His first thought was that maybe with the heat, one of the tires had a bubble or maybe a belt on the tire had slipped. I was now about 40 miles from the garage in Webster City (Gerber Auto, if you want to know) and I asked if he thought I could make it. Sure, he said, just don’t go very fast. I also knew that if I didn’t make it, they’d come get me. Like I said, I love these guys.
I made it there with no problem. When I got to the counter, Josh smiled at me and told me they’d take care of me – not to worry. Then … the owner came out and took my keys. He wanted to drive it to see what the problem was. For some crazy reason, I told them that I’d just come out of a car wash before it started. The next question was – you drive a lot on gravel, don’t you? Of course I do.
The owner took the car out, then brought it back and drove into a bay. They knocked out about two pounds of mud that had gotten caught up in behind brake calipers. He drove it again and returned to tell me it was driving smooooooth now. When I tried to pay, Josh glared at me and said, “You’re welcome.”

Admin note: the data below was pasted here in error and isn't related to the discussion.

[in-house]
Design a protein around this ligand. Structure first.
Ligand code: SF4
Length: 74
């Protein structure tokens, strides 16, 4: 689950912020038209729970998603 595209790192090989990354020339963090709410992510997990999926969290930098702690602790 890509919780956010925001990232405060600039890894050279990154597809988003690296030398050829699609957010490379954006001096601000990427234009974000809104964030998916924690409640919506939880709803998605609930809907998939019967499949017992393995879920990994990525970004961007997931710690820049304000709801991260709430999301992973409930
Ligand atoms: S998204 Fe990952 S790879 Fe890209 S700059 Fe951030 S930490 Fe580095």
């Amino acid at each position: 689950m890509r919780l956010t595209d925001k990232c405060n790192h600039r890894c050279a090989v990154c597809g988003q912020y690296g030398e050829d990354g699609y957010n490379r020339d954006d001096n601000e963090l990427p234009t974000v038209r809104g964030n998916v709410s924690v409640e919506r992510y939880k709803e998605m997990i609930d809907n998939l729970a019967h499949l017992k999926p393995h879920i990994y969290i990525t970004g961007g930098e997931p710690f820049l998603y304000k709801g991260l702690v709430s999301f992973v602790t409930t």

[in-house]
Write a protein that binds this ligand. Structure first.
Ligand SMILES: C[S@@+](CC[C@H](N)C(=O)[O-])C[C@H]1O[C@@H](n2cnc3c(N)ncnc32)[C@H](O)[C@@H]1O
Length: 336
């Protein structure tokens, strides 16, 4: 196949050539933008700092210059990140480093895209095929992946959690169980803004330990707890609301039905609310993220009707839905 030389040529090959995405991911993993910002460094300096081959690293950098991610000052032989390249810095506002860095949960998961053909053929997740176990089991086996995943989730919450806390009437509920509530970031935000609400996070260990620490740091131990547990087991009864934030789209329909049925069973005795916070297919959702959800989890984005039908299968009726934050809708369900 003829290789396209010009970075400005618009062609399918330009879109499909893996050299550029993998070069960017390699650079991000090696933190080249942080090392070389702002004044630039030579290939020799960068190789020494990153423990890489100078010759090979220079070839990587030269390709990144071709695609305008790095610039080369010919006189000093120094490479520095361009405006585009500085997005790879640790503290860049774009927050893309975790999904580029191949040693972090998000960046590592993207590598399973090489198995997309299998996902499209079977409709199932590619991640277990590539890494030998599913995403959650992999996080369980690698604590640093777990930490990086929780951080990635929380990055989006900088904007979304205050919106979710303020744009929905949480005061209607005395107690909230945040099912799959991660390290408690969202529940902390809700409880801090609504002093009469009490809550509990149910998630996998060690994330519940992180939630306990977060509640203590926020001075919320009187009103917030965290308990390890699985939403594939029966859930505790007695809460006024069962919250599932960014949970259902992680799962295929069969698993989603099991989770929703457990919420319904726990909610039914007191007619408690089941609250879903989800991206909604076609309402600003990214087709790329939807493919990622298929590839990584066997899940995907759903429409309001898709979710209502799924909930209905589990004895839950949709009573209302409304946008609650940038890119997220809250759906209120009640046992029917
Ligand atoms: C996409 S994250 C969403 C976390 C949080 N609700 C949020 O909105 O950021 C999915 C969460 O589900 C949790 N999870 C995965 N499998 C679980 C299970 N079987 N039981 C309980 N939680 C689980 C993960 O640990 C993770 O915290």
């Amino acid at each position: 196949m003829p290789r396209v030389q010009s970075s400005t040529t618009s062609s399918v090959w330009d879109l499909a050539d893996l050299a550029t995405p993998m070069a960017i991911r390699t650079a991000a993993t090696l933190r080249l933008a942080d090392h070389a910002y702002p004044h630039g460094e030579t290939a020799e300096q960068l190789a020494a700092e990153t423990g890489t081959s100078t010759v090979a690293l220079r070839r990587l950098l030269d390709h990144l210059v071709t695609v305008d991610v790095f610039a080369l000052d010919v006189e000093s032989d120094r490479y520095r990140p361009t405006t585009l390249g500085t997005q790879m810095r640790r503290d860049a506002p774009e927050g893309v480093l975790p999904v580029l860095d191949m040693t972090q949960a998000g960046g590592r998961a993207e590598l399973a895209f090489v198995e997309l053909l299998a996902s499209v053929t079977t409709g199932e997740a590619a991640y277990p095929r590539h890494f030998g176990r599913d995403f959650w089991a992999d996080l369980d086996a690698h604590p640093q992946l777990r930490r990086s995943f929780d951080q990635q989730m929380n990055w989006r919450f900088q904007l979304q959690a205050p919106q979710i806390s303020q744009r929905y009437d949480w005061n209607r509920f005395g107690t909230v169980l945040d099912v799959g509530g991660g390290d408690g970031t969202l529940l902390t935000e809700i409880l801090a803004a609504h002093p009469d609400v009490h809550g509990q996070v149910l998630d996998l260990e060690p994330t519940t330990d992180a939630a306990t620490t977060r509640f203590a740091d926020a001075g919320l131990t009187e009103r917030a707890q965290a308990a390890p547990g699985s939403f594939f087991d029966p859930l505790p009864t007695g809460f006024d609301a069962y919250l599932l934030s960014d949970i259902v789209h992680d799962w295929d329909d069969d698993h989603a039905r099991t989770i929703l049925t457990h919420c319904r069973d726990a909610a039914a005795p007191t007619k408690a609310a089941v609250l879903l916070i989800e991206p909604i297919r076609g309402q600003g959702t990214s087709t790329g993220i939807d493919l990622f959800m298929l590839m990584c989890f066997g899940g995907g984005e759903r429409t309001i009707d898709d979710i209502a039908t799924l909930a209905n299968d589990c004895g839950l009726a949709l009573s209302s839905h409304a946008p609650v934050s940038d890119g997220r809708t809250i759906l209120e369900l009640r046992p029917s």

Of course! Thank you!
I went back out to my Jeep, drove away and just wept. THIS is Iowa-nice. For a girl who knows nothing about cars, I am grateful for a garage who treats me with respect and the guys who take every opportunity to teach me something new so I don’t have to rely on them. I know how to wash the undercarriage of my Jeep now. But they also told me it would happen again and they’d take care of me the next time.
If you ever wonder why I write stories of good people in Bellingwood, it’s because they are so real in the every day parts of my life.
And … I stopped at Dairy Queen for a pork tenderloin. Oh yeah – that’s another thing Polly got from me.